I will finish Ch. 1 by saying that the core of my argument is that the relationship between religion (Christianity in my case) and the state is defined by two hard edges. I used the imagery of a frame around a piece of art. They are two different notions of the separation of church and state. Depending on who you are talking to, these two notions can get confused quite easily. The first is that the state should not define a religion for its citizens. This is what the Puritans had in mind. The second is that a particular religion should not control the coercive power of government. This is what Thomas Jefferson had in mind in his famous “wall of separation.” I think that those are good boundaries. But if I can extend the “art” analogy a bit further. The frame is important, but it is the space in between that is beautiful and can get a bit messy.
There is a lot of mention of scholars and a few definitions in chapter one. I had to lay some groundwork for the conversation. You can skip to the last two pages of the chapter to get a summary of the main ideas.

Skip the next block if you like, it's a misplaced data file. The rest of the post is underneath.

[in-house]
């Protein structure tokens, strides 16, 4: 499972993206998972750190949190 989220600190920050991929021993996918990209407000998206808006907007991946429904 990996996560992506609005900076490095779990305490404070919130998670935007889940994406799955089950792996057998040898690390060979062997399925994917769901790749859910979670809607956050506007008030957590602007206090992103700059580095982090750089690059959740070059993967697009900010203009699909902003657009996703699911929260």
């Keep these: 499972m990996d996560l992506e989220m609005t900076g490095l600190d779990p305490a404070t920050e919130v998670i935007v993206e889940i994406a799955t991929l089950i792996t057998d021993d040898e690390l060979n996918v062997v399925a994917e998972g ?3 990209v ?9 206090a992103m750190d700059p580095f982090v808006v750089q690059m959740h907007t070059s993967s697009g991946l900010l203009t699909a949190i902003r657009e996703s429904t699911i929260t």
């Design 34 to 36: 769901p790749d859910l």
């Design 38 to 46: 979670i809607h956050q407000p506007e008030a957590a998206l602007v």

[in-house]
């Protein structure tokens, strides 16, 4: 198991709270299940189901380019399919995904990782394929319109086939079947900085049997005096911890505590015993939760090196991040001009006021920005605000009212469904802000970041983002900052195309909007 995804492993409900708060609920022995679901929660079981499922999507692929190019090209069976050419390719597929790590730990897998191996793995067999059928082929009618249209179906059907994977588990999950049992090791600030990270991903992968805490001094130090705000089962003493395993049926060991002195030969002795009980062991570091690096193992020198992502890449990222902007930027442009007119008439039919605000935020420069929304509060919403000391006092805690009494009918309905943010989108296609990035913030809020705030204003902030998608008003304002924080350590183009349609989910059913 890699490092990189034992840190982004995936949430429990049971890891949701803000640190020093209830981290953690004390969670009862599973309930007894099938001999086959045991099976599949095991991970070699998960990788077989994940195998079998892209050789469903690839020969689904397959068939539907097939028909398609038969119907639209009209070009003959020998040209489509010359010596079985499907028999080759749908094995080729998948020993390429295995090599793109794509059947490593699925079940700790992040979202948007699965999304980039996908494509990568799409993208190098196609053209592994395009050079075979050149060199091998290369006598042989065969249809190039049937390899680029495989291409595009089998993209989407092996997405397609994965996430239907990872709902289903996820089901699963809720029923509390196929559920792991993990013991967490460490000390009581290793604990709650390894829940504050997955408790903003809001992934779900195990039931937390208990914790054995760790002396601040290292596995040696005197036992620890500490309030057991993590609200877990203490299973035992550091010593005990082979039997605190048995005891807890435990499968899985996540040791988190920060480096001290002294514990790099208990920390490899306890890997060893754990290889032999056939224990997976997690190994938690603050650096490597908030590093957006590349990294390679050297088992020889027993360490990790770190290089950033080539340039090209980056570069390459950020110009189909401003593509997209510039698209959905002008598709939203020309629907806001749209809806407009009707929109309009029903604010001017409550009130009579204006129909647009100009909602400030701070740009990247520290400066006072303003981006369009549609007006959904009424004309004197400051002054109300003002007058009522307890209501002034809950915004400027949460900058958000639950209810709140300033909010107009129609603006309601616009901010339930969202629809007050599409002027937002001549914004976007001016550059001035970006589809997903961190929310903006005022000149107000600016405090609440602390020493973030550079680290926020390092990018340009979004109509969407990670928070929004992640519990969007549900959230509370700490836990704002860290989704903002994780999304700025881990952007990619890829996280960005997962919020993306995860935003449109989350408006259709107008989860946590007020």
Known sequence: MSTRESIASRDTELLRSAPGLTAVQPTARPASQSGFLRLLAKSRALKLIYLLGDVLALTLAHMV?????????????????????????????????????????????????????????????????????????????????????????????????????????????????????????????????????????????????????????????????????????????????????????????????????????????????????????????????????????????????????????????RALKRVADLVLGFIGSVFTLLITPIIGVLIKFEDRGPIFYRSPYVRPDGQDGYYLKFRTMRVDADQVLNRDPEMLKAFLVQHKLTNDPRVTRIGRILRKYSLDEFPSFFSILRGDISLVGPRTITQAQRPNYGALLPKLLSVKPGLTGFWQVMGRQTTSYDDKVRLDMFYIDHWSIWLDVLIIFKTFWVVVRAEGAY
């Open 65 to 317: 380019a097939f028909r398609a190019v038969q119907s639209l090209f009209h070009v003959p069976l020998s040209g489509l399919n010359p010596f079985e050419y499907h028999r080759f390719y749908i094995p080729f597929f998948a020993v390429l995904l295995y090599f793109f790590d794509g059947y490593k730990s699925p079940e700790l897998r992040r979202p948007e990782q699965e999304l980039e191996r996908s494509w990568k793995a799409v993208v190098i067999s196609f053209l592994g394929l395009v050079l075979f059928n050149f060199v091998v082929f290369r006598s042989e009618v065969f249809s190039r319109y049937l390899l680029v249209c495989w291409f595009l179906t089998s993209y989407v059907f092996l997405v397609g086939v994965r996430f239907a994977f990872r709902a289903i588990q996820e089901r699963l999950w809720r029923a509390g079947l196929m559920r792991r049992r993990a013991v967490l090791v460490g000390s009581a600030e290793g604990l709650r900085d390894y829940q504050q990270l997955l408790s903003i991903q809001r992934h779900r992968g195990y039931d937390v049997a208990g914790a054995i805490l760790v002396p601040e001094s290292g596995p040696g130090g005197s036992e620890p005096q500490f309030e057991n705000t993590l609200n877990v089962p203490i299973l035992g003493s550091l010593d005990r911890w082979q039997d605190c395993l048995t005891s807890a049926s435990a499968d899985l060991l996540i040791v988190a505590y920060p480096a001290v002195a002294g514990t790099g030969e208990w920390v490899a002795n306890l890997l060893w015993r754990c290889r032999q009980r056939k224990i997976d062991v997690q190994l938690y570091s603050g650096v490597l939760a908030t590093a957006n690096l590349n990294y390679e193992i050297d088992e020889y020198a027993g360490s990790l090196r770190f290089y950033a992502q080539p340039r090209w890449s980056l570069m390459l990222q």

I want to say that apart from these two boundaries, there is a lot of room for art–that we need to “blur” the lines between the church and the state a bit more when we are inside the two boundaries; this might be a little controversial, but I don’t think so. There has been some talk about the idea of “principled pluralism.” At its best it is an appreciation of the value of diversity that makes up most democracies. And I am trying to say that when you have diversity you need art–its never as clean as you want it to be. That’s why Ch. 1 is titled “Independence and the Art of Pluralism.” Because the church and state should be kept independent as the frame the edge of the boundaries around the public square–but the blur of pluralism on the canvas is the art.